“Who ever goes to war at his own expense? Who plants a vineyard and does not eat of its fruit? Or who tends a flock and does not drink the milk of the flock? Do I say these things as a mere man? Or does not the law say the same also? For it is written in the law of Moses, “You shall not muzzle an ox while it treads out the grain.” Is it oxen God is concerned about? Or does He say it altogether for our sakes? For our sakes, no doubt, this is written, that he who plows should plow in hope, and he who threshes in hope should be partaker of his hope. If we have sown spiritual things for you, is it a great thing if we reap your material things?”
—1 Corinthians 9:7–11 NKJV

The Bible was given for us to dig deep. It was written for our sakes.

Firstly, it was written for us to see Jesus, for when we behold Him in Scripture we are transformed to become like Him.

Secondly, it is for us to understand that all that Jesus has, we have.

The Bible was written for us to find out who Jesus is and what Jesus has. It is like a photo album of God’s beloved Son.

If you find the Bible is like a closed book, it could be because you are not focusing on Jesus. When you see Jesus, you will be satisfied in every area. You are a joint-heir with Christ (Rom. 8:17). When you take Jesus as your new identity, you will see that everything God has given to Jesus, He has given to you as well. Jesus is our righteousness, wisdom, holiness, and redemption (1 Cor. 1:30).

In the Old Testament, God’s wrath and judgment may seem very obvious. But remember, was God concerned about the ox when He wrote Deuteronomy 25:4? No, He wrote that verse because He was concerned about you. This is how we should read the Old Testament. We must see God’s love and God’s care for us.

In 1 Corinthians 9:7–11, Paul is talking about taking care of people who harvest the Word of God. Do not “muzzle” people who are serving the Lord. In fact, in verse 11, he says that we should take care of people who serve the Lord with material provisions as well.

Sometimes, we may feel like the Word of God is too general and does not provide us with practical and specific guidance on what we should do in our situation (e.g. Ephesians 5:22 tells husbands to love their wives just as Christ loved the church and gave Himself for her—but how to love one’s wife specifically?). This is because God wants to give us room to follow the leading of the Holy Spirit. Each one of us is made uniquely, and God wants to have His own personal relationship with us.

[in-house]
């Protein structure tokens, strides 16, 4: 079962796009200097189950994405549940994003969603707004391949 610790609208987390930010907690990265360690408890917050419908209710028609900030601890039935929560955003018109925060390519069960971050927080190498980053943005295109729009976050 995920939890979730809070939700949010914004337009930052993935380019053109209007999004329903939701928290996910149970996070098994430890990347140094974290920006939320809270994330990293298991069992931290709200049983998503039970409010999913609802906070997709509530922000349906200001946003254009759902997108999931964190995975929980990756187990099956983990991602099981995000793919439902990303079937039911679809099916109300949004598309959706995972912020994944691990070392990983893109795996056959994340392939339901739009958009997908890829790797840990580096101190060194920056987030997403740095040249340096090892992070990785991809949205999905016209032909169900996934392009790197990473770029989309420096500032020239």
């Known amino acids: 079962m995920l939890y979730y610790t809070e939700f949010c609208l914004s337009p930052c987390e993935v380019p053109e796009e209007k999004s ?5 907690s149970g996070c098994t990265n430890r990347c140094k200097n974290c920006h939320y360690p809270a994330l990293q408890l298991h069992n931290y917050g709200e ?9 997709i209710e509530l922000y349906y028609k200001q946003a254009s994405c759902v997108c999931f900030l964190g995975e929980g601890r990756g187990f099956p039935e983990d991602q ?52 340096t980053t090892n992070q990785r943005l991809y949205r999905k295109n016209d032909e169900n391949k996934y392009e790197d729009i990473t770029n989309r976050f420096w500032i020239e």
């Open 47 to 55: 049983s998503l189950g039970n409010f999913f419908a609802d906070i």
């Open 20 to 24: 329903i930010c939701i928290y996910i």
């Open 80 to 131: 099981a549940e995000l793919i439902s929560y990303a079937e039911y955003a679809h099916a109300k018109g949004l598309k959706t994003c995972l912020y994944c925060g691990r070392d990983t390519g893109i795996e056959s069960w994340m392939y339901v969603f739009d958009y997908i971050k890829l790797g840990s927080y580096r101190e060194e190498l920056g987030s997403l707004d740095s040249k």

In Paul’s letters, he always begins with positional truths that expound on the wealth of the believer (our identity in Christ), and only then the walk of the believer, then the warfare of the believer. You cannot fight the good fight of faith without understanding who you are as a believer.

Wealth, walk, and warfare are indicatives. On the other hand, imperatives (instructions on what to do) are often very general in the Bible because God leaves room for the Holy Spirit to teach and guide us in daily life—in our relationships, in our financial situation, in our marriage, in our parenting, in our work.

“But concerning brotherly love, you have no need that I should write to you, for you yourselves are taught by God to love one another;”
—1 Thessalonians 4:9 NKJV

Key #5: See God's love and mercy in every portion of Scripture

When you read the Old Testament, be conscious of the love of God in the verses. When you interpret the law, do so in the light of God’s love.

“To Him who alone does great wonders,
For His mercy endures forever;
To Him who by wisdom made the heavens,
For His mercy endures forever;
To Him who laid out the earth above the waters,
For His mercy endures forever;
To Him who made great lights,
For His mercy endures forever—”
—Psalm 136:4–7 NKJV

In Psalm 136, every verse ends with “for His mercy endures forever.” In verses one through seven, it is easy for us to understand why “His mercy endures forever” when we think of all of God’s great works.

Yet in the following verses, it may be less obvious how His mercy can be seen:

“To Him who divided the Red Sea in two,
For His mercy endures forever;
And made Israel pass through the midst of it,
For His mercy endures forever;
But overthrew Pharaoh and his army in the Red Sea,
For His mercy endures forever;”
—Psalm 136:13–15 NKJV

Even in judgment, His mercy endures forever. There was mercy even in the judgment of Pharaoh and his army. God gave Pharaoh many chances, but Pharaoh’s heart remained hardened toward God. He could have released God’s people but he refused to let them go.